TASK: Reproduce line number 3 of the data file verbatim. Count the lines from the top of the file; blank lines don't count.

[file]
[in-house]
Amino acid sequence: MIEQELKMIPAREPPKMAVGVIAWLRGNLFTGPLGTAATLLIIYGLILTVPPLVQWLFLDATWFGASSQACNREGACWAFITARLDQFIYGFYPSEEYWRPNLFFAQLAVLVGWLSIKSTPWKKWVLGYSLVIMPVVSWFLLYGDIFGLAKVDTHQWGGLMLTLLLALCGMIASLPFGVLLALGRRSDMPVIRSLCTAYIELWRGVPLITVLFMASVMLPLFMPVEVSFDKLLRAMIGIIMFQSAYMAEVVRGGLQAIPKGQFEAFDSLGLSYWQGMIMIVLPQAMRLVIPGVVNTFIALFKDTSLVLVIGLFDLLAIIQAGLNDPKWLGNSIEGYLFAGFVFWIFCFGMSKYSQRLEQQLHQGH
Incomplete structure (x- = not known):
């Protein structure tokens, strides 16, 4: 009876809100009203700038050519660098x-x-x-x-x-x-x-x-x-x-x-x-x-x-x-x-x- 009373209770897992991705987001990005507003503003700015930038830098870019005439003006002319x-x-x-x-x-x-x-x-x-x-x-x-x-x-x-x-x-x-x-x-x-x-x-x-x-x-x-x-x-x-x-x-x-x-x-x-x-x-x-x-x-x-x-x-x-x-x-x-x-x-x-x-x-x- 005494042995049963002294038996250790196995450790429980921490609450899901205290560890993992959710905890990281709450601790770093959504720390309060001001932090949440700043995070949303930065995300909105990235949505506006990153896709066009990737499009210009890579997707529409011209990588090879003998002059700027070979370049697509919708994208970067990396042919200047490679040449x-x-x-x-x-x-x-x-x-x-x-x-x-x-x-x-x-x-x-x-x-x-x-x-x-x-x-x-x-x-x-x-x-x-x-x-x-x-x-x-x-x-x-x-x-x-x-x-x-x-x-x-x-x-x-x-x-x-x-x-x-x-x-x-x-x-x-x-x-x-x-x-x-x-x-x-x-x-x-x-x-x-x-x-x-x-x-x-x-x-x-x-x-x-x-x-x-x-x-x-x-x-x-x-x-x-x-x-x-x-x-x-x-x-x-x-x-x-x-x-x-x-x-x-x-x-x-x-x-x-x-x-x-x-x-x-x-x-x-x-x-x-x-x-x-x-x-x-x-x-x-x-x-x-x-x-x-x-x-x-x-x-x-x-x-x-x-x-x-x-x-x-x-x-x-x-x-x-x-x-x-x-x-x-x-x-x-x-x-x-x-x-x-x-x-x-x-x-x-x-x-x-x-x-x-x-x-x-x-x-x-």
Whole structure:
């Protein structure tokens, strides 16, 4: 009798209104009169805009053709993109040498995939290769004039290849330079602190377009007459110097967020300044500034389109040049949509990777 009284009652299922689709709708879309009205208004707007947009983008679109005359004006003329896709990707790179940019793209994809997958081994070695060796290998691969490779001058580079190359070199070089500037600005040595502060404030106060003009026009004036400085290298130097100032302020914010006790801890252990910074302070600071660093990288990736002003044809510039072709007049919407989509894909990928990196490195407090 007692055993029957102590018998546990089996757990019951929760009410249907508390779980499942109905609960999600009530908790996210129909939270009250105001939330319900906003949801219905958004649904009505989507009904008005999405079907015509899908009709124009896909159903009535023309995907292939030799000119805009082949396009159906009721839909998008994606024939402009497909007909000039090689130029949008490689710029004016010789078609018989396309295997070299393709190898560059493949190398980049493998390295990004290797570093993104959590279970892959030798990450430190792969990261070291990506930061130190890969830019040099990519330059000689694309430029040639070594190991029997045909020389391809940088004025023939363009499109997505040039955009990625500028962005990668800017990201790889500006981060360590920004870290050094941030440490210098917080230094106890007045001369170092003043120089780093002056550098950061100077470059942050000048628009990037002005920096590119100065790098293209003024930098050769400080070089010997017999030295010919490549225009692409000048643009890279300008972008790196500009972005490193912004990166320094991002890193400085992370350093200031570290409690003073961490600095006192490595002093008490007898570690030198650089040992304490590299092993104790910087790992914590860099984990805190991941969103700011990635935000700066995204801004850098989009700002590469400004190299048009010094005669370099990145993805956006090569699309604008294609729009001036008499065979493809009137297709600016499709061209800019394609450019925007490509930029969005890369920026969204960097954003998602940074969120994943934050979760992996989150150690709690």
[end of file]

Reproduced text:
Incomplete structure (x- = not known):